Finally, networking is how you will find the support that every new educator needs at some point in time. As difficult as it is for some, get out of your classroom and meet other staff members in your school. This does not just include teachers, but the office staff, cafeteria staff, tech staff, and the janitorial staff are all phenomenal resources that will take the time to answer your questions and give you a helping hand. In addition, get involved in professional development at the local, state, and national level. Take the time to attend these conferences, meet other teachers of your discipline, and begin building your professional network. My network of educators have tremendously helped me during my two years of teaching. I learned quickly that I had to advocate for my own professional needs, my equality, and my students. The educators of my professional network were the individuals that gave me the guidance and support that I needed in order to advocate for myself and my students.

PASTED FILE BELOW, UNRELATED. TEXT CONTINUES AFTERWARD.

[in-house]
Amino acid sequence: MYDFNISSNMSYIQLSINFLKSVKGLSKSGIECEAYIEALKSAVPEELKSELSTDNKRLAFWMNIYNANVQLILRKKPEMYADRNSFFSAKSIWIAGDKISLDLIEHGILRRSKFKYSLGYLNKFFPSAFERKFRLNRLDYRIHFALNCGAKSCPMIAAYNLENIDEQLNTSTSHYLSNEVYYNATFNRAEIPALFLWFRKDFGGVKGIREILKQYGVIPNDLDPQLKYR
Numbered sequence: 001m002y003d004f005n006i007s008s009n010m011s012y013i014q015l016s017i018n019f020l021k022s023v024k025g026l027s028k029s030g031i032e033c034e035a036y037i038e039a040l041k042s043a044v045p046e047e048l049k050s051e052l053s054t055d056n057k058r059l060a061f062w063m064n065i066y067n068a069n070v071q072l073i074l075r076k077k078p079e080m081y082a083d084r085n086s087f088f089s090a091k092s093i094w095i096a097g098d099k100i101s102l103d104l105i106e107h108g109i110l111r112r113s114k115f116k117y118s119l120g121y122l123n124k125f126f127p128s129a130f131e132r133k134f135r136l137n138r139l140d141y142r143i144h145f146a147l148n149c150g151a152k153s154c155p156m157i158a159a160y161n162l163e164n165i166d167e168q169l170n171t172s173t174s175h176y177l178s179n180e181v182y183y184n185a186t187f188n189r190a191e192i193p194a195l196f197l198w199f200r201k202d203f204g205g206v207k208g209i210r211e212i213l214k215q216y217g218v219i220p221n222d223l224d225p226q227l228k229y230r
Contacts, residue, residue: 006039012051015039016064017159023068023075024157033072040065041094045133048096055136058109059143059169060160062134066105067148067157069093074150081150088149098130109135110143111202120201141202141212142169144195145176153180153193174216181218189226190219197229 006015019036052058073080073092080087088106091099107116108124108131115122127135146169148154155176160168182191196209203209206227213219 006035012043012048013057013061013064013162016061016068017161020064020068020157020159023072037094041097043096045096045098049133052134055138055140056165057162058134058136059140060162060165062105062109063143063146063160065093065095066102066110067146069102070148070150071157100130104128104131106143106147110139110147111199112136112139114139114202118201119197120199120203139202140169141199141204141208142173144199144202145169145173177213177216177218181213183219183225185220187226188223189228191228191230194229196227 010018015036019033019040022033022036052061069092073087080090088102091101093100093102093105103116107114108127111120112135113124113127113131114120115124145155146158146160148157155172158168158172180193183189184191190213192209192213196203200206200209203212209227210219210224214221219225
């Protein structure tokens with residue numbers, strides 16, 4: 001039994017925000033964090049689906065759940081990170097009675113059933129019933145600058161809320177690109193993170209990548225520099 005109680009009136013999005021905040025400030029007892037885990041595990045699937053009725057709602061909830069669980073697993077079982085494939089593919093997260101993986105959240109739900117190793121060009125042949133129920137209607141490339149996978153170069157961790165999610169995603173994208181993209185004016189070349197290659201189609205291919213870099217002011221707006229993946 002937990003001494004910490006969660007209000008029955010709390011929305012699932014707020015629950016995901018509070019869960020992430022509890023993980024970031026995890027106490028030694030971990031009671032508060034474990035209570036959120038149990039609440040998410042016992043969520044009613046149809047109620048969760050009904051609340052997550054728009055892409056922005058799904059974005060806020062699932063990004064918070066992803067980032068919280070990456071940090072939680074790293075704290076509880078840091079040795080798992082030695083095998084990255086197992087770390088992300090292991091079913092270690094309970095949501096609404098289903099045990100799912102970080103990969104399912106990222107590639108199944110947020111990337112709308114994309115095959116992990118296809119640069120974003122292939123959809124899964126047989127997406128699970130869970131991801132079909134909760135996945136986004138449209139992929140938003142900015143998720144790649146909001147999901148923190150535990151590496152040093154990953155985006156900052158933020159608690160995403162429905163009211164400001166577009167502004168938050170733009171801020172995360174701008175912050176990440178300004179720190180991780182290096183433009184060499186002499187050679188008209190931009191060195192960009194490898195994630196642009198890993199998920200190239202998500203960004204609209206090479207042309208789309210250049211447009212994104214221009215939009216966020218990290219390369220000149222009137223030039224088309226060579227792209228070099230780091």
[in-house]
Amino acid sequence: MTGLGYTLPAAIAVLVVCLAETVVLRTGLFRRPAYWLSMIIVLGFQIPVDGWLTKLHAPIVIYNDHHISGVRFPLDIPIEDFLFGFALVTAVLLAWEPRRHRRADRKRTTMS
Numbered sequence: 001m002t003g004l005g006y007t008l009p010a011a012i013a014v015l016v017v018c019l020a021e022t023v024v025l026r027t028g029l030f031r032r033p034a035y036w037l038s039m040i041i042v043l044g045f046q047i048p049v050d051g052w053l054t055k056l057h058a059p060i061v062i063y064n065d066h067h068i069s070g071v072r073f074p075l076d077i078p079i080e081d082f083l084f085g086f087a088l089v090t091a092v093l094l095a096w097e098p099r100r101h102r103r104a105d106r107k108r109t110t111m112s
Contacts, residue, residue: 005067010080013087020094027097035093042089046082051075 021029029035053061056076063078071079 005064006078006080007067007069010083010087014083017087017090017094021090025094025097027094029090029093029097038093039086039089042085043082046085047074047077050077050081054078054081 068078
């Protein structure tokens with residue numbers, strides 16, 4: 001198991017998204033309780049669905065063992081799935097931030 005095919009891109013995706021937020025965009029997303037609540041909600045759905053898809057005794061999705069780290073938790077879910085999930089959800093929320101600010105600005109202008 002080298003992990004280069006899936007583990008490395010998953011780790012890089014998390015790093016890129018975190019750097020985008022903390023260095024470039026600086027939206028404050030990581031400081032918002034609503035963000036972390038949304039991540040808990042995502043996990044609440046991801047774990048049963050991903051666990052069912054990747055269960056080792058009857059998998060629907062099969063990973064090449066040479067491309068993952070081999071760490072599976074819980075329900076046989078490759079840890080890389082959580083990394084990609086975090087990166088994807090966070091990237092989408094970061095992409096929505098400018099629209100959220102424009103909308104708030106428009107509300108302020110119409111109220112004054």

The OFLA Beginning Teacher committee has created a Facebook group “OFLA Beginning Teachers” to share articles, answer questions, and brainstorm ideas. If you know of any new world language teachers, please encourage them to join. Our committee is also organizing resource swap meets throughout the state. Our next 2 events are listed below, but more will be added and advertised via the Facebook page and google group.
Saturday, November 9 at 10 am
790 Arlington Ridge Ste 201, Akron, OH 44319
Saturday, October 12 at 10:30
Paper City Coffee
47 South Paint Street, Chillicothe, Ohio 45601